When US forces take the lead role using today's COIN theory and doctrine in actuality they are not conducting COIN since the insurgency is "not theirs to counter" because the responsibility to counter it should belong to the sovereign nation that is faced with insurgency. While the US can and must support the activities by correctly applying applicable COIN theory (adapted and adjusted for the unique culture and traditions and the conditions that exist in the conflict area) to support that sovereign nation, when the US takes the lead and pushes the host nation to a secondary role in its own country then the US takes on the role of occupier. They are conducting "pacification operations" causing the perception of being an occupying force more along the lines of the Captain Pershing in the Philippines at the turn of the 20th Century. The calls to read Brian McCallister Linn and his works on the Philippines perhaps have led some astray. The "Pershing model" in the Philippines is somewhat ironic because one of the goals of an insurgency can be to rid a nation of an occupying power and certainly by not granting the Filipinos their independence as had been promised made the US an occupier and the Philippines a US colony. This turn of the 20th Century model must be considered for updating and possibly replaced with a new more modern model for supporting the conduct of COIN by a sovereign nation vice the US conducting COIN in a sovereign nation. And perhaps we should be looking for a balance between Pershing at the turn of the century and Lansdale and Magsaysay in the middle of the 20th Century.
A debate has evolved between those who appear to espouse "COIN as the solution to every military problem the US faces" and those who believe that the military should get back to and protect its ability to conduct "traditional Warfighting" so the US military can fight and win its nation's wars. There are those who believe the focus should be on countering hybrid and irregular threats and those who believe that "full spectrum operations" will provide the military the ability to train for and conduct operations across the spectrum of conflict including the ability to counter irregular or hybrid threats and conduct state on state warfare when necessary.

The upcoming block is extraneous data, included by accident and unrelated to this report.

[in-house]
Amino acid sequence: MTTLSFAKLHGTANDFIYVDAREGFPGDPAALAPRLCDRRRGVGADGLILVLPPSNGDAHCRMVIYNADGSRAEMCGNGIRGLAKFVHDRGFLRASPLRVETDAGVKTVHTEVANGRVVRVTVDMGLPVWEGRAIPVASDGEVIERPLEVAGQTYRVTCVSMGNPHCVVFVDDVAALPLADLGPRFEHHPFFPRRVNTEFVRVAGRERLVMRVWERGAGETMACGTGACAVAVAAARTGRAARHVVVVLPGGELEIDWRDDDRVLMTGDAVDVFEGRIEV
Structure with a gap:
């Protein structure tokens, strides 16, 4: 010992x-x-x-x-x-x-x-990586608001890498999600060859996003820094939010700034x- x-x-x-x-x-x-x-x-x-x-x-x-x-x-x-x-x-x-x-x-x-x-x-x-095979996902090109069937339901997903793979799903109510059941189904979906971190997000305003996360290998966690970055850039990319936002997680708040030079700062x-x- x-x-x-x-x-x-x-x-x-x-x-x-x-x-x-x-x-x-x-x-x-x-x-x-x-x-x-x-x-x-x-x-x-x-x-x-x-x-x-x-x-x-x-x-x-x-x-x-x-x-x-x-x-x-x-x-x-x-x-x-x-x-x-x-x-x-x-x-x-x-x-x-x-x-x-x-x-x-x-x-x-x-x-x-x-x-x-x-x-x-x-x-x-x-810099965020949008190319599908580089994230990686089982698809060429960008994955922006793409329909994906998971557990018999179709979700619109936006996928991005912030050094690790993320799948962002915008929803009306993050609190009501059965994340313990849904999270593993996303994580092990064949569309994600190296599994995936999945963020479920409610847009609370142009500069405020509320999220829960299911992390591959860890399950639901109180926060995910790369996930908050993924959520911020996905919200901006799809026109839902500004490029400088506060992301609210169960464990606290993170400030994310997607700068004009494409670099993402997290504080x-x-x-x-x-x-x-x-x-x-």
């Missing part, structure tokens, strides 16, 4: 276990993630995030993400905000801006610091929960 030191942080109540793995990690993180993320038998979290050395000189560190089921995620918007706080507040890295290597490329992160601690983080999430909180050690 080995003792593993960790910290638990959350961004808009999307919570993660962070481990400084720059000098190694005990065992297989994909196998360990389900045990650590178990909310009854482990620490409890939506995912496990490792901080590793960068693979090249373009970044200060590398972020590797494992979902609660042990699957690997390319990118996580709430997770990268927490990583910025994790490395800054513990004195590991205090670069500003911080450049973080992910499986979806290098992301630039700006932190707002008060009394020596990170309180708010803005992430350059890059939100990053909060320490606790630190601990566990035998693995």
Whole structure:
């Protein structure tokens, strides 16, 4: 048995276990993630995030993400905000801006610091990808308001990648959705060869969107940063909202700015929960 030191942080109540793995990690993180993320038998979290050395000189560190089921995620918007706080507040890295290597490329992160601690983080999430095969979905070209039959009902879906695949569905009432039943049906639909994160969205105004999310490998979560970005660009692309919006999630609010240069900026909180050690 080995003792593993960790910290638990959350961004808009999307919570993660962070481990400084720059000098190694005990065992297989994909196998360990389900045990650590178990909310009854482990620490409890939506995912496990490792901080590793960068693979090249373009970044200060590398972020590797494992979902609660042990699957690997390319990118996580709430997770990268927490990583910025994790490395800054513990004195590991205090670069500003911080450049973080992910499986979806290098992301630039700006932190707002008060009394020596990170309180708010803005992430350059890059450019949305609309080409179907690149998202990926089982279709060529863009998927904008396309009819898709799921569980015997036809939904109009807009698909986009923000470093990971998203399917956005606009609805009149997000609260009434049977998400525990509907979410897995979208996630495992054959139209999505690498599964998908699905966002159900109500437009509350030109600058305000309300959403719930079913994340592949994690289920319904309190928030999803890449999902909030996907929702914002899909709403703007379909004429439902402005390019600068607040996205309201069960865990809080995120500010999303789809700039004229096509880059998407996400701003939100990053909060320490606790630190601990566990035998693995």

This has been a fierce debate and has caused much confusion within the military as officers and men of all ranks seek to prepare for the ongoing conflicts in Iraq and Afghanistan while attempting to maintain and hone traditional warfighting skills. Yet the reemergence and general acceptance of COIN theory has benefited the development of military doctrine and the transformation of the Army in many ways to deal with the myriad of irregular and hybrid threats that will likely continue to evolve in the 21st Century. The fundamental issue comes down to how do we "win" the wars we are in without mortgaging the future of the US military capabilities. I put "win" in quotation marks because defining winning in COIN is something that we must consider. Can there be victory in the conventional sense in COIN? Or is it more along these lines: "Someday, if you are successful, the mission will disappear, like a river flowing into a swamp."
Which leads me to my final random thought: If you have to win a fight you send the Army and the Marines. If you have to help someone else win a fight without taking over the fight (and if it is going to take 10 or more years to reach a satisfactory conclusion), then perhaps another type of force is needed.
Colonel David S. Maxwell, U.S. Army, is a Special Forces officer with command and staff assignments in Korea, Japan, Germany, the Philippines, and CONUS, and is a graduate of the School of Advanced Military Studies at Fort Leavenworth and the National War College, National Defense University. The opinions he expresses in this paper are his own and represent no U.S. Government or Department of Defense positions.